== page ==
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  1. #27
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    Quote Originally Posted by shamooooot View Post
    that's very good explanation, it actually gave me the idea of what if we use the temperature difference to tell the controller that we are in heating or in cooling mode?:

    If Tin<Tout, then follow program cool
    If Tin>Tout, then follow program heat

    Program Cool =
    If Tout - Tin=10+, then open EEV
    If Tout - Tin=10-, then close EEV

    Program Heat =
    If Tin - Tout=10+, then open EEV
    If Tin - Tout=10-, then close EEV
    There probably nothing wrong with looking at the difference. It would save an input if you needed it for something else. The command would be a little delayed while if figured out what is happening before it can start to react so that may become problematic, but I’m not convinced the delay would be significant enough to cause issues. I always prefer to reduce the thinking required by the computer and run a hard wire directly. There’s no confusion, it has a clear on or off command, and it can respond immediately right from the very beginning. I’m not sure what the refresh rate would be on your program though so maybe it’s really not an issue at all.

    I made a quick sketch ... sigh, I should label the sensors according to how we’ve previously discussed... I’ll draw a new one up when I get the chance.


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  3. #28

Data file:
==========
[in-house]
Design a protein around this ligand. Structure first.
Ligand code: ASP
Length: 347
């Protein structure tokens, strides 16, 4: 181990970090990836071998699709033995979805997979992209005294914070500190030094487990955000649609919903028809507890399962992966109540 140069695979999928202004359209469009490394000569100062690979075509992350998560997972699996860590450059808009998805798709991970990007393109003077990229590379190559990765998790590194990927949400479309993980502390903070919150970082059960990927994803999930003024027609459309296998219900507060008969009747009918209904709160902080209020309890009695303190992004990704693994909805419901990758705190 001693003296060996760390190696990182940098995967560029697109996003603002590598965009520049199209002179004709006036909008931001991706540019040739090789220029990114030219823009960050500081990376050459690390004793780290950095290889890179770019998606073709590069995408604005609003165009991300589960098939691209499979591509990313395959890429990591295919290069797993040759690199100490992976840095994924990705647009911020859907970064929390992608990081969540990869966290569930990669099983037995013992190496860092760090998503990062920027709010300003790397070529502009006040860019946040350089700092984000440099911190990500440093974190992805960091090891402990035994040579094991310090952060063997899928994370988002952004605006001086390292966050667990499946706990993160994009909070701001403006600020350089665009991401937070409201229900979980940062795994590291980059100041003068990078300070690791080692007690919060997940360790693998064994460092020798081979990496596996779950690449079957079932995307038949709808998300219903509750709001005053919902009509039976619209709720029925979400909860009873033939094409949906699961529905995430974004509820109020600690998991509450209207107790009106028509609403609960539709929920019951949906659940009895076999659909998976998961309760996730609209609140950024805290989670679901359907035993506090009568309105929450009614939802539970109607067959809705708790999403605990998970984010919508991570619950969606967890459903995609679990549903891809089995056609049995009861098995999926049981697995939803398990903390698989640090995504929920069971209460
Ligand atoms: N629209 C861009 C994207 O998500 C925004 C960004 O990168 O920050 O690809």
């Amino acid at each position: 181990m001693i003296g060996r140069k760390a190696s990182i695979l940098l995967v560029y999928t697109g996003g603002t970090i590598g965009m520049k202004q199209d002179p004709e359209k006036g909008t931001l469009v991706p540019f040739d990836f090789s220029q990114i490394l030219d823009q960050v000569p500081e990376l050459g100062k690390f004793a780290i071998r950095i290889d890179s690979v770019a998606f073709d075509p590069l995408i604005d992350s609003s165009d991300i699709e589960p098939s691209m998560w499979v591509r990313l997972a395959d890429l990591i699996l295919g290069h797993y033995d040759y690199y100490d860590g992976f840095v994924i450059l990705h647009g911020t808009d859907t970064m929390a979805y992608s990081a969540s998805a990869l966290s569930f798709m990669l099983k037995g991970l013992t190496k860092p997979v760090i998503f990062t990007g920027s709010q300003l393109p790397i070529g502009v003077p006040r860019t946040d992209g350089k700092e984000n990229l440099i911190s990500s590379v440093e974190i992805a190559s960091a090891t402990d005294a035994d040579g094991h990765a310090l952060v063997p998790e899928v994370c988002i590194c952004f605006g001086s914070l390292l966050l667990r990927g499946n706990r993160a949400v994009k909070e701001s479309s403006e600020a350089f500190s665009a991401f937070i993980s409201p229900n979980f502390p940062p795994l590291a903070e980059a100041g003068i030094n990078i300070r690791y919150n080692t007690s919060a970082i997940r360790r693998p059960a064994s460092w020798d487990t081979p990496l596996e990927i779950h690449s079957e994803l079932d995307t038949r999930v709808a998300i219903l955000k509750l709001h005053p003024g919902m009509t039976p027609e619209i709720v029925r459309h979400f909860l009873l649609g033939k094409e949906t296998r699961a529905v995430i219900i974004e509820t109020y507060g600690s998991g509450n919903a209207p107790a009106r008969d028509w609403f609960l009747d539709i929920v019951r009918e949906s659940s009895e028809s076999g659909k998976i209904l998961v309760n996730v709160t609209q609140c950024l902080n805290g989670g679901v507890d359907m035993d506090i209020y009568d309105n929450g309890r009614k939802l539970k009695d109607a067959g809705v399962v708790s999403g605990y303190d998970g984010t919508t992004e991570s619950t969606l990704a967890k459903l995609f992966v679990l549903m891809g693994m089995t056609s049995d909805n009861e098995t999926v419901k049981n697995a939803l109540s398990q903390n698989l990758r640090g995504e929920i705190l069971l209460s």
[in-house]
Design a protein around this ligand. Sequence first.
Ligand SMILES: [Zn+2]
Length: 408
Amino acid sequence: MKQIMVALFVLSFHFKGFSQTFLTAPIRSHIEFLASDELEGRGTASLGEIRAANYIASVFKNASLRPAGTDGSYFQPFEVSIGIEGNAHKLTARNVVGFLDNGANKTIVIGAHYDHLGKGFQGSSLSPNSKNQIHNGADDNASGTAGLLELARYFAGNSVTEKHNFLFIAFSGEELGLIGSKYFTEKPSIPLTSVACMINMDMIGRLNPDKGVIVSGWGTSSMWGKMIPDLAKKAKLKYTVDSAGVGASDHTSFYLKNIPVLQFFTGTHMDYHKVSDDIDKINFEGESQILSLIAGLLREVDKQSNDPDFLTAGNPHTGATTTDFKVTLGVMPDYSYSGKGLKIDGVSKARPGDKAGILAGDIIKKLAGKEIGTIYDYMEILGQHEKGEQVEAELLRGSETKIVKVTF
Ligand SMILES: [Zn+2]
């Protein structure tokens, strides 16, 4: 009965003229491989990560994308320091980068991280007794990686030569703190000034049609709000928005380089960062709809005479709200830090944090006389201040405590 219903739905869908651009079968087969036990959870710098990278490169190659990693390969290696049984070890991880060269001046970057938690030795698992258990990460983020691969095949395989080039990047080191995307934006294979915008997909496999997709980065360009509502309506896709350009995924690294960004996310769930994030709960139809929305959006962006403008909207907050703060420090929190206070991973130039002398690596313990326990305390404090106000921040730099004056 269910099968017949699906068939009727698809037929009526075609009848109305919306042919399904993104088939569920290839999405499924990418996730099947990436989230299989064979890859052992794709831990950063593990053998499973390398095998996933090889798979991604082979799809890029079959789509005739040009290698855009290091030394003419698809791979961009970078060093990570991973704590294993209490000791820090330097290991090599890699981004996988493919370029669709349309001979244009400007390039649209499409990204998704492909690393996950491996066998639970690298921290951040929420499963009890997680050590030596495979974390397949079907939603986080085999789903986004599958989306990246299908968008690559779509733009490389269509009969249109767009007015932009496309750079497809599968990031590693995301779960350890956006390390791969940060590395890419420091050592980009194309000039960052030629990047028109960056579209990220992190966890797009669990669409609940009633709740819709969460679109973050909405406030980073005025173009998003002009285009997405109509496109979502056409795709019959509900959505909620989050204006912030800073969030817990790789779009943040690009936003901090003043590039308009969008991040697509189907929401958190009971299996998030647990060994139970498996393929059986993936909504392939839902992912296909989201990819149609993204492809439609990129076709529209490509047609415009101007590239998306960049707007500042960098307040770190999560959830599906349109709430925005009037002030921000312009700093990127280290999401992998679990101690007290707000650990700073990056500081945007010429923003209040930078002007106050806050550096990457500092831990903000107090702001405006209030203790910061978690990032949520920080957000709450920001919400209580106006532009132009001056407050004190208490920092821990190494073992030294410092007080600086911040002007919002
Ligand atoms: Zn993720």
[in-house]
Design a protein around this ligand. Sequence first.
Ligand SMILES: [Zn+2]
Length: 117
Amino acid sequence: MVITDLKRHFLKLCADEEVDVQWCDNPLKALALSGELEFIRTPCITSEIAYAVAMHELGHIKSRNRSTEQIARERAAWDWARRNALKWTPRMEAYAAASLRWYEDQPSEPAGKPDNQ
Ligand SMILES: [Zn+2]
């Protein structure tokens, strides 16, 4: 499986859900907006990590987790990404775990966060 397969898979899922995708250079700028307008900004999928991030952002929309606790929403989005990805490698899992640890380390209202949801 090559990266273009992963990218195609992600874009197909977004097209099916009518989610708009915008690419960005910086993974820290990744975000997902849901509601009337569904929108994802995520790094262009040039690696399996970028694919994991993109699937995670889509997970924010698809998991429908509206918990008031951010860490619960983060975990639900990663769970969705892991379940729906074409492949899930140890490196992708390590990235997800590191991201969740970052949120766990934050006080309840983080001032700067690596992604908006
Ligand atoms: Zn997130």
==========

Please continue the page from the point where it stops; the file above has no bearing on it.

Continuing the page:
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    So if you were to use 4 thermistors then you would use T1, T2, T3, T4

    If you use only three thermistors then you would need T2, T4, T5


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  5. #29
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    Quote Originally Posted by thatguy View Post


    So if you were to use 4 thermistors then you would use T1, T2, T3, T4

    If you use only three thermistors then you would need T2, T4, T5


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    Thank you for all your efforts!

    Can you walk me through your sketch?, I am a bit confused with it.

    The outdoor unit has its own system and its own expansion valve. Is it safe to say that I can use the T1out and the T2in only, as my inputs ?

  6. #30
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    Electronic Expansion Valves

    Quote Originally Posted by shamooooot View Post
    Thank you for all your efforts!

    Can you walk me through your sketch?, I am a bit confused with it.

    The outdoor unit has its own system and its own expansion valve. Is it safe to say that I can use the T1out and the T2in only, as my inputs ?
    Does this help?



    I drew it in heating mode because I mentioned previously in my example that Reversing valve input would be heat when Unenergized.

    Simply swap the hot gas out and the suction in through the reversing valve to change to cooling mode. I had drawn the little slider inside of it to indicate the path of the suction gas on the first picture. That slider is true to life as to how they work. Slide that over to connect the middle and right pipes (instead of the middle and left pipes) and you will be in cooling mode.

    You will see that your thermistor is not in the right spot to measure superheat when you switch to cooling mode so if you want both heat and cooling then you need to add at least one more thermistor. So you can monitor the refrigerant temperature at the outlet of the EEV after the refrigerant changes direction.